Although founded as a homecare company, Amada has transitioned into other services including senior housing advising, home monitoring and financial care coordination. “We are a care coordination company,” he adds. “We have worked diligently to build a reputation in the Amada 8414medical community as the go-to partner for in-home senior care. Hospitals trust that we will do what is best for the families and, ultimately, the patient.”

Another differentiating factor for the company is its focus on private pay and long-term care insurance reimbursement sources for its services. “The move by the federal government to make cuts in Medicare will fuel the demand for private pay in home care,” Jefferson says. “Hospital systems and skilled nursing facilities will narrow post-acute networks in an effort to accelerate safe discharges, focus on patient outcomes and reduce hospital re-admissions.

“The cost of care will rest squarely on the consumer,” he adds. “We are making every effort to strategically partner with third-party private insurance providers and carriers.”

In addition to overseeing the way it provides and coordinates care, Amada Senior Care’s principals also help improve the level of care provided by the company and its peers. In 2009, Jefferson became a founding member of the American Board of Home Care (ABHC), a nonprofit organization dedicated to educating the senior community and establishing standards in senior homecare. Today, the organization serves more than 10,000 client households.

Amada Senior Care and Jefferson have earned a number of honors since the company began franchising five years ago. In 2013, Jefferson was named a “Top Entrepreneur under 40” by the O.C. Metro Business Magazine and Orange County Register. The company in 2016 ranked #4 on Forbes’ list of “Top 10 Best Senior Care Franchises to Own.” Entrepreneur magazine this year named the company one of the nation’s “Top New Franchises to Own.”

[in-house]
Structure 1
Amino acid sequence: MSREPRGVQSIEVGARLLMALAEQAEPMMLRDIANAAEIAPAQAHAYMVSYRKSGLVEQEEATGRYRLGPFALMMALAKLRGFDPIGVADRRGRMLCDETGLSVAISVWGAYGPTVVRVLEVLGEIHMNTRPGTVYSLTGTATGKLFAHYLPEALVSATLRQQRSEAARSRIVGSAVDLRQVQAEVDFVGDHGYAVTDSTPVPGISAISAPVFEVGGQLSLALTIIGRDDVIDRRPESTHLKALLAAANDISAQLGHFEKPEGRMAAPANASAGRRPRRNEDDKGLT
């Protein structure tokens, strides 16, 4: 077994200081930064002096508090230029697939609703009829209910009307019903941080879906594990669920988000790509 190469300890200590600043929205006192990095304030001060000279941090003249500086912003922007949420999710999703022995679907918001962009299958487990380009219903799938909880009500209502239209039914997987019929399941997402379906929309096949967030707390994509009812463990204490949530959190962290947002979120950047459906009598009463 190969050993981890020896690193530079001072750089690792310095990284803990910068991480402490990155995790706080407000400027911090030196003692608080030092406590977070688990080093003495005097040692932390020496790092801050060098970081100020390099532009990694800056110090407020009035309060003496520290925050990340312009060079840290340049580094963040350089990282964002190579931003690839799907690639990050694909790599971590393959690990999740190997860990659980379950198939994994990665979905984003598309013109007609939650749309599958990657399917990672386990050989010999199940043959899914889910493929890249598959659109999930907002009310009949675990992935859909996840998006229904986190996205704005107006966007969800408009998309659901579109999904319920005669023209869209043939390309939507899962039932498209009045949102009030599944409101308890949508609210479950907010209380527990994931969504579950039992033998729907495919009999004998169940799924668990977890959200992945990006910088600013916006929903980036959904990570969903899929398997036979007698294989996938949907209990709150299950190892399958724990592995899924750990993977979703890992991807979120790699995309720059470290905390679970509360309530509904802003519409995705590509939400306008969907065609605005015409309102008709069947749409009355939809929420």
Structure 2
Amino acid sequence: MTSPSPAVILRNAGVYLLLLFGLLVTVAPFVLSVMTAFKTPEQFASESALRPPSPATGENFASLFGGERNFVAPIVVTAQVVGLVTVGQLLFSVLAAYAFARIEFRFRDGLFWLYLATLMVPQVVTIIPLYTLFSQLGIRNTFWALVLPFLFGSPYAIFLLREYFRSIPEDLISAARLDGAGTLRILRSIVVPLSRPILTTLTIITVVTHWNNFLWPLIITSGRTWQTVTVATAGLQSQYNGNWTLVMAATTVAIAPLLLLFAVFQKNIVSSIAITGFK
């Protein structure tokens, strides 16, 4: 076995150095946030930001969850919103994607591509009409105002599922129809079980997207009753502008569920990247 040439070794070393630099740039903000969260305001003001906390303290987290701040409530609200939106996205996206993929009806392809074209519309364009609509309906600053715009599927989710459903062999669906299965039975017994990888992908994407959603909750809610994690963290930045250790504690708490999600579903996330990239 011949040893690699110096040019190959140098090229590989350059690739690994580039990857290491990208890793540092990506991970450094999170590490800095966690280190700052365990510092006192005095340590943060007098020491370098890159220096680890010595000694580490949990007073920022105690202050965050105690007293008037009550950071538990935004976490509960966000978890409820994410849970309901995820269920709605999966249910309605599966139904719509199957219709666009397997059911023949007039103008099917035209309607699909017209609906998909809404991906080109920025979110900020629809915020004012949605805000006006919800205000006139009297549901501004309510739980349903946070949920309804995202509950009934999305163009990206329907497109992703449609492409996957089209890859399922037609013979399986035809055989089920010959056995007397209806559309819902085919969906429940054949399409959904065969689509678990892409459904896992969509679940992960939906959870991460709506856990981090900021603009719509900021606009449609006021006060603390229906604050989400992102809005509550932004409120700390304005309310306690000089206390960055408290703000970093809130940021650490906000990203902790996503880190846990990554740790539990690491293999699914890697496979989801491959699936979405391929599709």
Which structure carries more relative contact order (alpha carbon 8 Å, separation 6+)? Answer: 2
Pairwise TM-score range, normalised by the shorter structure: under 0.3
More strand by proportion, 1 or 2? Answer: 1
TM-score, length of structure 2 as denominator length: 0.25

‘America’s Choice’

The company continues to improve its operations. This year, Amada Senior Care launched a customer relationship management (CRM) platform that will improve the way it communicates with case managers, healthcare professionals, insurance carriers and doctors. 

Jefferson says the company is continuing its commitment focus and direct all its efforts to strategically target medical device and pharmaceutical professionals nationwide.  “Our units are performing well above the industry average and in the coming years, we fully anticipate to bring a new level of competition to a fragmented market,” Jefferson says. “We will be the first to deploy a seasoned professional sales force with vested partners in senior care.

“We are also making large strides in terms of our ability to attract a higher caliber of caregivers,” he adds, noting Amada is working directly with Universities, junior colleges and other nursing programs to recruit exceptional staff.

Amada Senior Care’s ultimate goal is to have 200 franchise locations each generating $5 million in sales annually within the next 10 years. “Our vision is to be recognized as America’s trusted resource for care coordination, in-home caregiving and long-term care insurance claims advocacy,” Jefferson says.